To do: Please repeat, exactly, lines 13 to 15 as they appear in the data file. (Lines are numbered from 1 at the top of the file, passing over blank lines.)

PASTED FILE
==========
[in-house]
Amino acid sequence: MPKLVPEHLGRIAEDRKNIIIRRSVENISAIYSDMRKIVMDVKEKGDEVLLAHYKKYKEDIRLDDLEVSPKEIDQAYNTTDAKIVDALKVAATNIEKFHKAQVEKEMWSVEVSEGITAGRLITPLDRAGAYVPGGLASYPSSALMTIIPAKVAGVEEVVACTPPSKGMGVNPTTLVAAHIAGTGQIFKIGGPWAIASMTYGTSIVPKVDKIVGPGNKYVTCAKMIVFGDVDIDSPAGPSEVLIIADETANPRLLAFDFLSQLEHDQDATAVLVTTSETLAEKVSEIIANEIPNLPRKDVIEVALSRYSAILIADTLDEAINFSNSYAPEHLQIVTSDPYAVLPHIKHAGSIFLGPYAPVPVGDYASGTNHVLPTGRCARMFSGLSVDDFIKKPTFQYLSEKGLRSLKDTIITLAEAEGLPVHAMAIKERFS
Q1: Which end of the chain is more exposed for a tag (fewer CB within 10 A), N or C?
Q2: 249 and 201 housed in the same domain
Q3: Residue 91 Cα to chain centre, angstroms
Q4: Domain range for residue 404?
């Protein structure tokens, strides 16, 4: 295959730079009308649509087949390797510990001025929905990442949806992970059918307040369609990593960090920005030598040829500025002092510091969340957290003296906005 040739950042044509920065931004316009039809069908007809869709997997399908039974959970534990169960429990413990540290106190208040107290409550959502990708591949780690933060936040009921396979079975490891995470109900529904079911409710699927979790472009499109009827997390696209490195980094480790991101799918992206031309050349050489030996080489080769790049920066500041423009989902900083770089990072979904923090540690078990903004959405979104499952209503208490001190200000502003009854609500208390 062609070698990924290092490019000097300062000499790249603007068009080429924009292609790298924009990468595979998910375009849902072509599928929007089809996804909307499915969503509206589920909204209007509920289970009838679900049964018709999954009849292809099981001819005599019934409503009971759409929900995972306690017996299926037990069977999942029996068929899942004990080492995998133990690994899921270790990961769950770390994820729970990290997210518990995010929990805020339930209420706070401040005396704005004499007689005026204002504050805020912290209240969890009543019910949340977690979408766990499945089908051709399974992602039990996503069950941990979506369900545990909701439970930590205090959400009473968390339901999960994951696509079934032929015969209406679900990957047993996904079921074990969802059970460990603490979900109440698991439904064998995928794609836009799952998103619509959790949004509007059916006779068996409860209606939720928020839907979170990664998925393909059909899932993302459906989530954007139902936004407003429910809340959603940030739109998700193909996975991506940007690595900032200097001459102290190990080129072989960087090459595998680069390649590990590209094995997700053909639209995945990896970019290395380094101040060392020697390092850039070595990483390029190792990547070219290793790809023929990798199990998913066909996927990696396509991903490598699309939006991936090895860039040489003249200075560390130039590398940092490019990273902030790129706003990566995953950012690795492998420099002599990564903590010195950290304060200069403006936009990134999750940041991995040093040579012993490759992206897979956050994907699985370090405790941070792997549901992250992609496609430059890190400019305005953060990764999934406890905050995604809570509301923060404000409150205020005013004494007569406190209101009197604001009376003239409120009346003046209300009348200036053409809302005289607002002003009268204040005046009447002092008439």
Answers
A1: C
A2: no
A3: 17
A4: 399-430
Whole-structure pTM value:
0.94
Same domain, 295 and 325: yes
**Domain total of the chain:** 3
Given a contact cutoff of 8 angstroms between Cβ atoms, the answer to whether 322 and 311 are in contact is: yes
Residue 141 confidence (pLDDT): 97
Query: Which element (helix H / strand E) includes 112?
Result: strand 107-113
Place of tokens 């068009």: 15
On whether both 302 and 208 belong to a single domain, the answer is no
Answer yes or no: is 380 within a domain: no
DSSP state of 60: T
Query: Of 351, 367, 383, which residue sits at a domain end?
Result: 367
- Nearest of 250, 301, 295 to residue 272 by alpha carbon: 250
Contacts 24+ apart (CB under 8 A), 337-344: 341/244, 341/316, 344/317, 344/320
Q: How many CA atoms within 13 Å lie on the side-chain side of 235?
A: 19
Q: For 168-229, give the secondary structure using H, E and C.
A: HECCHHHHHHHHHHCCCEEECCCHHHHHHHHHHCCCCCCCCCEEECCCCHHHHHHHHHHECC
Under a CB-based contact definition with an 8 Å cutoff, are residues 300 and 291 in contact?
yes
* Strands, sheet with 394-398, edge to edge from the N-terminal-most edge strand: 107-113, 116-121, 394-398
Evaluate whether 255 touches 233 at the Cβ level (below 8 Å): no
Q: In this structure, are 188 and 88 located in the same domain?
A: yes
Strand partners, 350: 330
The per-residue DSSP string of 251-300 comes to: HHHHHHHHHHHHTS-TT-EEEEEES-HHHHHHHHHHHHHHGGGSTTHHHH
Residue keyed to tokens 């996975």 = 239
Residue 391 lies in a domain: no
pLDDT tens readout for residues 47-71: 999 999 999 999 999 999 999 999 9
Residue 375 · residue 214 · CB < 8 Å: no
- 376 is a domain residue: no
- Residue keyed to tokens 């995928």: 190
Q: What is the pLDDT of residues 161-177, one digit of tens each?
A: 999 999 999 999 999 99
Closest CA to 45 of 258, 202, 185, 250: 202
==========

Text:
Whole-structure pTM value:
0.94
Same domain, 295 and 325: yes